0:02 - New game selection
0:03 - Loading screen
0:07 - Game begins
0:15 - Idle player alert
0:20 - Nudge player action
0:31 - Board re-orientation
0:38 - Settings adjust
0:42 - Theme selection
0:47 - Game & avatar updates
0:55 - Game finish
Patrick Hosmer Motion Test
Tic-tac-toe mobile gameplay sequence
Understanding that tic-tac-toe is a minimal and terse game, I attempt to accomplish three things through motion:
- Maximize joy
- Emphasize non-linear aspects of play
- Increase interaction between players
Here, traditional analog game elements are elevated to delight; Xs & Os, avatars and screen loaders all have a subtle, weighed bounce. Joy is for the living. These things are alive.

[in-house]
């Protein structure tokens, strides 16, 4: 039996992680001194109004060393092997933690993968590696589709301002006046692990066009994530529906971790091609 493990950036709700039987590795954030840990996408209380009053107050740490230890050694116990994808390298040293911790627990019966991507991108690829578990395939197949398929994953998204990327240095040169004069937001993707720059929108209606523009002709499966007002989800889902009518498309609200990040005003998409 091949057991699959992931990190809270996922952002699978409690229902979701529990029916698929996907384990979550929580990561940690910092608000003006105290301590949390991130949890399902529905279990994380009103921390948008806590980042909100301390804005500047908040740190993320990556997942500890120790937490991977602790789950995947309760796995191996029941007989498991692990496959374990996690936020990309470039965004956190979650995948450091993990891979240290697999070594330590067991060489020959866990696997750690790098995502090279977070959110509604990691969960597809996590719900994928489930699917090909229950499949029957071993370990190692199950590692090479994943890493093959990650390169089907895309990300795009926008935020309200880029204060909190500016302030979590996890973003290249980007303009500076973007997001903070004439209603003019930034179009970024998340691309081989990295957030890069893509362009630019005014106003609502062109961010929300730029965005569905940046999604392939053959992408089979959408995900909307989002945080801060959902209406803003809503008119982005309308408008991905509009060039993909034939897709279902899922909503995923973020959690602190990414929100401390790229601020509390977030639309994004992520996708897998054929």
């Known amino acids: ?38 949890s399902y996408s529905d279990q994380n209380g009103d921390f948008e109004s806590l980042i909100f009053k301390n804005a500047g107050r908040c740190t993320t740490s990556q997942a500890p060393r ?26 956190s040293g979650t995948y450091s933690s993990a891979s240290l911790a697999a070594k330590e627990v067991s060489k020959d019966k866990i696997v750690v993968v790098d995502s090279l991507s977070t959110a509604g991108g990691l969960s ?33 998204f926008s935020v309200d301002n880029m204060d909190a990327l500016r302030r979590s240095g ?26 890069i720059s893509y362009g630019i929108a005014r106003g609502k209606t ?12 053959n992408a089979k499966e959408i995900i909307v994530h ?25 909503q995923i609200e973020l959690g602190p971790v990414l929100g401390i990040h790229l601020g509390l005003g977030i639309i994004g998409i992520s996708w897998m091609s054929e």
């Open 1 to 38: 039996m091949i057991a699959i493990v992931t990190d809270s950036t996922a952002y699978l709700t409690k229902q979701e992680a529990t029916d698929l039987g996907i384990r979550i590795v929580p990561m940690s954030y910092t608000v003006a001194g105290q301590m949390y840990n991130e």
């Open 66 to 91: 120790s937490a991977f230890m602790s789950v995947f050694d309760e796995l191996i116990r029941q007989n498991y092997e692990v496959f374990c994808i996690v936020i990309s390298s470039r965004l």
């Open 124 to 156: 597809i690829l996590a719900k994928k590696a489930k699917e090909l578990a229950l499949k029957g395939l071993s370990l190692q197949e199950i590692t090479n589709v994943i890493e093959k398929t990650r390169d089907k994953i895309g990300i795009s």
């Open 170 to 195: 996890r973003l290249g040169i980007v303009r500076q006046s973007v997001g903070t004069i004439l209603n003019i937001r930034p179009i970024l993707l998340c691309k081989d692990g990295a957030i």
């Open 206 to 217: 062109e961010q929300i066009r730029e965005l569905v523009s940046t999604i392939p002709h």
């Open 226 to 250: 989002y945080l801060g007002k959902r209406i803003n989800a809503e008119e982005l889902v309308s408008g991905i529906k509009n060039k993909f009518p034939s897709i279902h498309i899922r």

Non-linear aspects of play
Analog tic-tac-toe can be played side-by-side or across a table because the game has no fixed or correct orientation. A mobile game that ignores this truth has committed a design crime. Allowing players to re-orient the board gives them another way to rethink the game and their opponent.
Interaction between players
The scourge of user-on-user games is waiting. Here, when a player is idle, their opponent can directly nudge them with a playful swipe. This would yield an alert on the opponent's end to make a move.
Addendum: 3rd party integration
Warby Parker's brand focus is seen less in a re-skinning of elements and more in the persistent avatars at the bottom of the game. The faces are auto-fitted with the store's glasses which are labeled for the remainder of the game. And at the game's conclusion, the winner's frames are detailed with an option to purchase out-of-game.
The Warbyland theme ensures a fun —and funny — and unique gameplay experience every time.